you have gone through your "New Customer" discount period with your satellite TV provider and you two have parted ways. Now you have that ugly post in your yard with the dish antenna stuck on top and you call the company to ask when they will come and take it away because you saw them put it in and so you know that there is concrete just below the surface holding the thing in the ground. The perky little guy or gal on the phone tells you, "Oh, that is yours. We do not want it so you can do whatever you want with it."
What do you do? Well, I have a suggestion; actually two suggestions, neither of which will involve digging or concrete, so proceed on and through the magic of digital photography I will be more than happy to share.
Step 1: The DISH
I do not have a surviving picture of what was there on the last day of Direct TV at our house, but I am pretty sure you have a clear idea of the obnoxious thing that was in our yard. Rosie, my wife and all 'round nice lady, did not like it before it was erected, but since the alternative was holes in the roof of our house, she finally agreed that we should take advantage of the generous discounts from the provider. That was over two years ago, so our discounts ran out and we became "Born Again New Customers" of AT&T that does not use satellites since they are in the telephone business. Of course, AT&T has bought Direct TV now, so......that is another story for the future!
I began to think about what to do with this ugly monster sculpture and came upon the idea that the dish part of it would make an excellent wading pool for the critters that grace us with their presence every day. All kinds of birds and small mammals frisk and flutter about and on a hot day, the bird bath in the yard has a waiting line. There was a small pile of broken concrete and rocks and even some broken tile that was left from construction that made a perfect support for the dish. Using the debris, I fashioned a "nest" for the dish once I removed it from the "sculpture" by removing the bolts that were holding it up. The dish antenna is neither complicated nor hidden, so this was an easy task. I used the bolts that I removed to seal the holes in the disk with a piece of rubber.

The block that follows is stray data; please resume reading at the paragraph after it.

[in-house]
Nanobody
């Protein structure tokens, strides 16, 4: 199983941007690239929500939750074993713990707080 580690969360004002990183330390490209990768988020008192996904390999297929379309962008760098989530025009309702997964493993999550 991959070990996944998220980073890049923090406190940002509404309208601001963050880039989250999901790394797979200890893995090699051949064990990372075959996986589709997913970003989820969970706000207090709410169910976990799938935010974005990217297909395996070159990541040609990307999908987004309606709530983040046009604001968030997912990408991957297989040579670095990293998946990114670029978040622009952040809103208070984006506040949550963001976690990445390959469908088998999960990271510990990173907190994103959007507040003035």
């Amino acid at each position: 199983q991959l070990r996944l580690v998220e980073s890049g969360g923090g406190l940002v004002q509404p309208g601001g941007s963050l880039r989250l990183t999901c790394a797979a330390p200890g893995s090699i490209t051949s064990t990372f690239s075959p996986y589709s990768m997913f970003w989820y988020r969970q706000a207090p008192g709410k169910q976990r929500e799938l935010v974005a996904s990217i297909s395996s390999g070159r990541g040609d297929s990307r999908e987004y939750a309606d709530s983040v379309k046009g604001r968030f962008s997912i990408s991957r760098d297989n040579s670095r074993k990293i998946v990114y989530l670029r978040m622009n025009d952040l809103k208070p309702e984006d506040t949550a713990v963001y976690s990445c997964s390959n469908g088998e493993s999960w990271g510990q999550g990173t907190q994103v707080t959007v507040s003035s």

I had two pipes in the backyard that drain rain water from the gutters all around the house and that was a perfect place for the "nest" and for the satellite dish to take advantage of rain to help keep the wading pond refreshed. I used a carpenter's level to make sure the dish was both stable and level to contain the maximum amount of water. The constant gentle slope of the dish provides the birds with a perfect place to splash about but still not be vulnerable by getting their feathers too wet. This has turned out to be a very popular spot and has even caused a few confrontations among the critters using it.
Step 2: The Post
I then turned back to the post sticking up in Rosie's garden and spent several hours looking at it and thinking about what I could do with the mechanism that until recently had held the dish antenna. With the help of a hacksaw and a set of wrenches, I found that I could rearrange the parts of the adjustment components of the support so that I could bolt a piece 2"x 8" board in a horizontal position to form a shelf. The old adjustment mechanism even served as an adjustment to make sure the board was level. One end of the shelf was just right for a small dish that we had from a broken garden decoration and it even had a little bird statue on it. The other end of the board had room for one of those cute little bird houses that Rosie buys at the farmer's market and craft shows. We even had a hanging feeder to suspend from the house end of the board.
Well, that is it and even though I did not go into detail, I suspect detail is not necessary for such a simple project. The idea is the value. Enjoy your creation.